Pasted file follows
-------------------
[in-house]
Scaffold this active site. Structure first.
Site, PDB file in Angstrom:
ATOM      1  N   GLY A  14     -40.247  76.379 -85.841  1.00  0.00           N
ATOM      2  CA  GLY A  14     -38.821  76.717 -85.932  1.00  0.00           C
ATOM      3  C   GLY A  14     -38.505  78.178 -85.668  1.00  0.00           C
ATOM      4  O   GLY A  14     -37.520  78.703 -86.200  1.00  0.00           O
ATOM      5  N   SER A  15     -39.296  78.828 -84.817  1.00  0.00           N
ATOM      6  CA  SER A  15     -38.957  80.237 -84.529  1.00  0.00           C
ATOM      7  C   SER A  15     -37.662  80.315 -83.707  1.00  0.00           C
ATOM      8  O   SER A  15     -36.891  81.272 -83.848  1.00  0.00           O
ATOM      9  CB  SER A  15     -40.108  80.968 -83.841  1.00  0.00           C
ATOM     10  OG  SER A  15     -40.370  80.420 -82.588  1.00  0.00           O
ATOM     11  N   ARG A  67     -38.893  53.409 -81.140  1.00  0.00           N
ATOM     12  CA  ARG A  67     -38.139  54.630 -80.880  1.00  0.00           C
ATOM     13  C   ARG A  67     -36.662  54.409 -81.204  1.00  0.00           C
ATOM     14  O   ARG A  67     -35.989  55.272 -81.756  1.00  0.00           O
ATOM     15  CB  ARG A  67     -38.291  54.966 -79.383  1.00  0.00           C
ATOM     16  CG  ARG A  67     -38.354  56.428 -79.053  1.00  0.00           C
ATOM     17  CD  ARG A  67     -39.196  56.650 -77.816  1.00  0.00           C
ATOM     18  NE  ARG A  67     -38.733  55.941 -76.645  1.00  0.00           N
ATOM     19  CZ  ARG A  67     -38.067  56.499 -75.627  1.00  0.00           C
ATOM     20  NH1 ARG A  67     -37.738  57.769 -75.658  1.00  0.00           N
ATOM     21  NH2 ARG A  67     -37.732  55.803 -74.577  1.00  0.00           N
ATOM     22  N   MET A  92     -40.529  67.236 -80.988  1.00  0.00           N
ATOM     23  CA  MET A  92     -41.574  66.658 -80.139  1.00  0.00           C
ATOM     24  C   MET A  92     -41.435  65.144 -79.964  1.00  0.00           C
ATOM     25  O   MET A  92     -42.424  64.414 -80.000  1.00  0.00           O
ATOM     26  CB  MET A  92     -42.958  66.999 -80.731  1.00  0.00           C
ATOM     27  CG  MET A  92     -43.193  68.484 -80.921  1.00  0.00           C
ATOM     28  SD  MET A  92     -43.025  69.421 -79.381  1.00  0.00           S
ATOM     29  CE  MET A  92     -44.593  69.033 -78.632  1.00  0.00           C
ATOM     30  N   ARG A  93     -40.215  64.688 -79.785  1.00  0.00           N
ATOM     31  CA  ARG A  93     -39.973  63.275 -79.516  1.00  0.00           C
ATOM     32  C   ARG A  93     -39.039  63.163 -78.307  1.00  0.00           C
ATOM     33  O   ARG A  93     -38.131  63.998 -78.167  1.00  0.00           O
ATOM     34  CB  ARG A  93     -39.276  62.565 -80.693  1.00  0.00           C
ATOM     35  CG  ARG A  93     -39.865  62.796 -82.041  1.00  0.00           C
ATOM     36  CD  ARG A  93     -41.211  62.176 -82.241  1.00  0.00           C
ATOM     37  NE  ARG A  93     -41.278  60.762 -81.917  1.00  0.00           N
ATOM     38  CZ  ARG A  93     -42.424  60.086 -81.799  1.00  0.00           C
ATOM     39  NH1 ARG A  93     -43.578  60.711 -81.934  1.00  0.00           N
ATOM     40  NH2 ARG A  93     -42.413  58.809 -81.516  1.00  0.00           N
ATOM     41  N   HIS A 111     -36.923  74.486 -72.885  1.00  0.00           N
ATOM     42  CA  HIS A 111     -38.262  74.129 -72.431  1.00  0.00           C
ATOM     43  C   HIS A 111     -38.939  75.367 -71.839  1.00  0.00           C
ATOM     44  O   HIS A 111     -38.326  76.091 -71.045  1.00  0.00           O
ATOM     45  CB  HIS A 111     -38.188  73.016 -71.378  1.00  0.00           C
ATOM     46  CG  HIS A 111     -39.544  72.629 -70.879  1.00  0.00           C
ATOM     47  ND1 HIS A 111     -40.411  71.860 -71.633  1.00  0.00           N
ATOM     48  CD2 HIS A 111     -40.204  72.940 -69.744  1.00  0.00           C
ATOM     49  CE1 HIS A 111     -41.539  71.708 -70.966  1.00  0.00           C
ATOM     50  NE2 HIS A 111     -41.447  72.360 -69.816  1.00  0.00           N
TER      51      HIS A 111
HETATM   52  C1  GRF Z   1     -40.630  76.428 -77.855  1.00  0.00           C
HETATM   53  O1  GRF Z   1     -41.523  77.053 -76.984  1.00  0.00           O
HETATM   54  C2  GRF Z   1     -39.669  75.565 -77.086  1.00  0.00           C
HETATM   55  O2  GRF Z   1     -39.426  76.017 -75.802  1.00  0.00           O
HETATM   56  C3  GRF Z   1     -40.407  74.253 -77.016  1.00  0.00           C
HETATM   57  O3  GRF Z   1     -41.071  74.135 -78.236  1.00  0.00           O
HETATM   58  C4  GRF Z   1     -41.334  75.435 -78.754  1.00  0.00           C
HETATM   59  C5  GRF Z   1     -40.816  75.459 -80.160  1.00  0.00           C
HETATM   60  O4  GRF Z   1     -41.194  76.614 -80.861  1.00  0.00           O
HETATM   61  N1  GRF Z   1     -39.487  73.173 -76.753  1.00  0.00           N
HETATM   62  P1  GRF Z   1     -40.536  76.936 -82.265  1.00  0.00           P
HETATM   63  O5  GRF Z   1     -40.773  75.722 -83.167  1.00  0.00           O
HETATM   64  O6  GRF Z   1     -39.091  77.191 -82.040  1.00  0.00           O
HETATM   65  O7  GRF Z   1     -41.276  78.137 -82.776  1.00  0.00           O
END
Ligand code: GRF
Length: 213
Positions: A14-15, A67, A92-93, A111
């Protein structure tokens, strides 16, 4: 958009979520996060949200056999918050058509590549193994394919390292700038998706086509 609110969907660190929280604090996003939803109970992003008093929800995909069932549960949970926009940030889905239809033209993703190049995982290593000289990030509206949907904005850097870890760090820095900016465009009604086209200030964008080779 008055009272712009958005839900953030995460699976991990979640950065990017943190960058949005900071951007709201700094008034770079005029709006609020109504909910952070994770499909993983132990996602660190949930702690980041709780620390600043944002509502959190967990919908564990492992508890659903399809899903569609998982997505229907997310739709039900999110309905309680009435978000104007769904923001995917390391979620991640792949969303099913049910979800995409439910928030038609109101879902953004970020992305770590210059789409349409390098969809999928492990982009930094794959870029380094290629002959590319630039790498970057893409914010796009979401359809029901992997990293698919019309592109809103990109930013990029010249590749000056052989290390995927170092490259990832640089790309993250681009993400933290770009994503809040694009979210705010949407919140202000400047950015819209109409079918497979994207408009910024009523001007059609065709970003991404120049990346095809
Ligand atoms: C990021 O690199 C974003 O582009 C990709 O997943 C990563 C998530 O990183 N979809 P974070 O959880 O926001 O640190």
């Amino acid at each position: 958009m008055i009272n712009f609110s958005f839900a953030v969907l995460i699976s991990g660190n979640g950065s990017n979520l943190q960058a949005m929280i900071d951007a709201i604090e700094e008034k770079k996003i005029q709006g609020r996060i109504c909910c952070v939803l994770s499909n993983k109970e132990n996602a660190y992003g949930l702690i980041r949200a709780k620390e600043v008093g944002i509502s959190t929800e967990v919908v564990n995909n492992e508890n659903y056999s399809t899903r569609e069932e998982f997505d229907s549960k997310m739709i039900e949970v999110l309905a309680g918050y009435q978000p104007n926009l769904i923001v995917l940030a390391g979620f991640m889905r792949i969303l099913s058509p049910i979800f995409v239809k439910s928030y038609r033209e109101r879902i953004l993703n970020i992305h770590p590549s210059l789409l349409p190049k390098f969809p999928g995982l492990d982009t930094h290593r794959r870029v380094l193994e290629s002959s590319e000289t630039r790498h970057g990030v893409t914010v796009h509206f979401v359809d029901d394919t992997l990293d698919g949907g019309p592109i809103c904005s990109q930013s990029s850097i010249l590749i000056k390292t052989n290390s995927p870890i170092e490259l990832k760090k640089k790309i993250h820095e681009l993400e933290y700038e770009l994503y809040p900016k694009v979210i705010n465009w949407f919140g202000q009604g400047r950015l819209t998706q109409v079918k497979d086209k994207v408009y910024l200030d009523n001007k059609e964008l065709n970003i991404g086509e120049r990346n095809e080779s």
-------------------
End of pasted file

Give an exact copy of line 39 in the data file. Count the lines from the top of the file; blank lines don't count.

ATOM     36  CD  ARG A  93     -41.211  62.176 -82.241  1.00  0.00           C